Psychologists share their five top tips for nurturing your mental health and giving yourself grace.
More than a few times this past week, you've probably had to step back and size up the Everest of information you've been trying to scale.
Social media. News. Television. More social media.
It's truly impossible to escape the topic of COVID-19.
On the one hand, it's something of a blessing to have instant access to information. You can stay well-informed about best practices and learn precisely what actions to take to help slow the spread of the virus in your community: Wash your hands frequently, at least 20 seconds each time. Stay at home. If you must go out, stay at least 6 feet from others.
On the other hand, you're deluged with information—some useful, some sketchy, some outright inaccurate. Everyone, in the age of social media, becomes a news junkie. At some point, you've got to ask yourself if your information consumption habits and your worrying is helpful or harmful.
"It's important to stay informed, obviously," said Leisha Cuddihy, PhD, a clinical psychologist with Spectrum Health. "If you notice you're getting anxiety symptoms—you can't stop thinking about something, or even physical symptoms like chest tightness—it's then time to cut down on it."
Feeling overwhelmed or anxious? Here are some helpful reminders to help you through.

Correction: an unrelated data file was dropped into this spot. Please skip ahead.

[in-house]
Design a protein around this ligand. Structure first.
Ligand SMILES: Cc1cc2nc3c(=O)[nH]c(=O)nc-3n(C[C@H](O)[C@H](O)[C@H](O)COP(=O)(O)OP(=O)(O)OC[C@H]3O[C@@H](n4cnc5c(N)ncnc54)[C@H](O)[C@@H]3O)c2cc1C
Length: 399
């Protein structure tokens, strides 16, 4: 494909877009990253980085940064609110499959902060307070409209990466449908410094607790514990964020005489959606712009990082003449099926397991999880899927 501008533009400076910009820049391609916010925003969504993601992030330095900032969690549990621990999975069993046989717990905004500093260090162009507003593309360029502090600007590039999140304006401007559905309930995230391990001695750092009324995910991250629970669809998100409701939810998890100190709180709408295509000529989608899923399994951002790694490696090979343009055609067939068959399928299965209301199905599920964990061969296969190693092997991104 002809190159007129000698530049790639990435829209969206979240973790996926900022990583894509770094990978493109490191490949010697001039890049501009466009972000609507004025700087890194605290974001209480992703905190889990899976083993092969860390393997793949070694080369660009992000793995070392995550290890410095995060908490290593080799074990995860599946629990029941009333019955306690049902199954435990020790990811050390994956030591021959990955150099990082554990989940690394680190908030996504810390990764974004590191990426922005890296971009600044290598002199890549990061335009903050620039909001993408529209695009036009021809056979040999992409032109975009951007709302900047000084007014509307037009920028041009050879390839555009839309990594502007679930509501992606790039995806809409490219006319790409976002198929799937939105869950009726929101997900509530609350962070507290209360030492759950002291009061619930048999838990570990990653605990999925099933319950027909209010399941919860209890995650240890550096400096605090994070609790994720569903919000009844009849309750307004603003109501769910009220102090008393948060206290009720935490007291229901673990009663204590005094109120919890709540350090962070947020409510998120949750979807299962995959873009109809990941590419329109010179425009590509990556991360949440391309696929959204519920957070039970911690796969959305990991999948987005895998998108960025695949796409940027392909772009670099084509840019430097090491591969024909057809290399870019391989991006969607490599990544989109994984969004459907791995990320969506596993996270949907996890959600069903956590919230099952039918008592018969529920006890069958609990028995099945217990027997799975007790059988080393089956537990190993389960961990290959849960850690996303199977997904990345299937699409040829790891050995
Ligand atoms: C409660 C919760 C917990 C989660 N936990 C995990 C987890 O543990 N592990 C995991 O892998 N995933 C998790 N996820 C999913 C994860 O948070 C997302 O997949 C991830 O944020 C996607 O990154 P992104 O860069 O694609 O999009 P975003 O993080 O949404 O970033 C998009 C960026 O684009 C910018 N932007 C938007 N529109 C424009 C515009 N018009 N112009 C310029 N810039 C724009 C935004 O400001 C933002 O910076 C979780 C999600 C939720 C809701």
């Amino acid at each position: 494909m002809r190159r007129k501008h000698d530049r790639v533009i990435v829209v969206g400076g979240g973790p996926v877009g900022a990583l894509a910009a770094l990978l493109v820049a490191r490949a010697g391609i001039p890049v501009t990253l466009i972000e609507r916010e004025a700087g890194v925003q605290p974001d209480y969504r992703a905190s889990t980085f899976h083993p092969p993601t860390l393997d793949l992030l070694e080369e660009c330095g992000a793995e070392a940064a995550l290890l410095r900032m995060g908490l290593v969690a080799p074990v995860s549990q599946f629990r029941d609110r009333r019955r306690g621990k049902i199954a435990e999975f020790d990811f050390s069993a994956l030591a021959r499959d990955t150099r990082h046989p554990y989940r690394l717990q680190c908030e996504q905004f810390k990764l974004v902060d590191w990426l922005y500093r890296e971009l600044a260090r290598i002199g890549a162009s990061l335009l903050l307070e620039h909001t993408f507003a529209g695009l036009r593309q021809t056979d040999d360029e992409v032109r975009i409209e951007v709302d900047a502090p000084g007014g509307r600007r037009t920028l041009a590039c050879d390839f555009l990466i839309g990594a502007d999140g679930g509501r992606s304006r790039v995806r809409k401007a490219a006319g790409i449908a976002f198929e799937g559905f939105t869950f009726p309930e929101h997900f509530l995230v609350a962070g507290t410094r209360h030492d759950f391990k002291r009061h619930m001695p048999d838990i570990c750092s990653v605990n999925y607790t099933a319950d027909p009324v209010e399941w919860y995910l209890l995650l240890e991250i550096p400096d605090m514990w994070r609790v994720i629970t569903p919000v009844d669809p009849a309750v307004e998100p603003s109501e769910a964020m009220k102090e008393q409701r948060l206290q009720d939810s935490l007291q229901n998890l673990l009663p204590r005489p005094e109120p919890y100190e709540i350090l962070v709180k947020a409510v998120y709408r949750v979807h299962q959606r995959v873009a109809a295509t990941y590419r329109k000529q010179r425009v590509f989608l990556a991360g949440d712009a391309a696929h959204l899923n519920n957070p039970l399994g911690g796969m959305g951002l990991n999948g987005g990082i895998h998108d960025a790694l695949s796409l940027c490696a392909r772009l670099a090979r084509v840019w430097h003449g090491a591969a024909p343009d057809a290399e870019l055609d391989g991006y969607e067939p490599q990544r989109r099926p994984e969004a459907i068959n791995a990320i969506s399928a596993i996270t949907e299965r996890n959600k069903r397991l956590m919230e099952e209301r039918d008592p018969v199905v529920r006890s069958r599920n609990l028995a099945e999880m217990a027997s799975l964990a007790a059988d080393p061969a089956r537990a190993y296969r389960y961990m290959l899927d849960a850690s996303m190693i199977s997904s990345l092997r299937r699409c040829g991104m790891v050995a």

1. Prioritize and gain perspective.
Lack of control can lead to uncertainty, which can lead to anxiety.
"Our first instinct is to turn back to the news," said Brittany Barber Garcia, PhD, a pediatric psychologist with Spectrum Health Helen DeVos Children's Hospital. "Try to avoid this, though. It may reassure you in the moment, but it will likely make anxiety worse in the long run—because you're still focusing on all of the things outside of your control."
Ask yourself what is within your control and focus on what is most important.
"It's important to focus on things you can do," Dr. Cuddihy said. "A lot of times we worry about stuff we have no control over."
So even as the world works to confront COVID-19, you already know what you can do. Stay as isolated as possible in your given situation. Practice good hand-washing. Cough into your sleeve. Stay away from sick people.
"I think focusing on those is better, rather than worrying about what everyone else is doing," Dr. Cuddihy said.
2. Create boundaries and structure.
If you're among those who have suddenly found themselves working from home—and home-schooling kids—take some time to assess your routines and workspace.
"Finding a space, a physical space, to be able to do (your work) is helpful," Dr. Cuddihy said. "So you can separate from the rest of what is going on in the house."
This is important because if you're trying to work in the same space where you're carrying out other daily tasks, it can feel like you never stop doing either. This can quickly become overwhelming and frustrating.
So find the things that work for you.
"It's hard, I think, for a lot of people to stay more focused at home than when they're at an office," she said.
How much work can you realistically handle at home? Are you expected to log on at certain times? Be available for a certain timeframe? Make sure to get clear definitions of your role.
"That's important," Dr. Cuddihy said. "You might have one idea about what's expected of you. Your boss may have another idea."
3. Manage your media.
Adults and children should stick to reliable media sources, Barber Garcia said.
"There's a lot of good information out there," Dr. Barber Garcia said. "Be smart about what you click on and only click on sources you trust."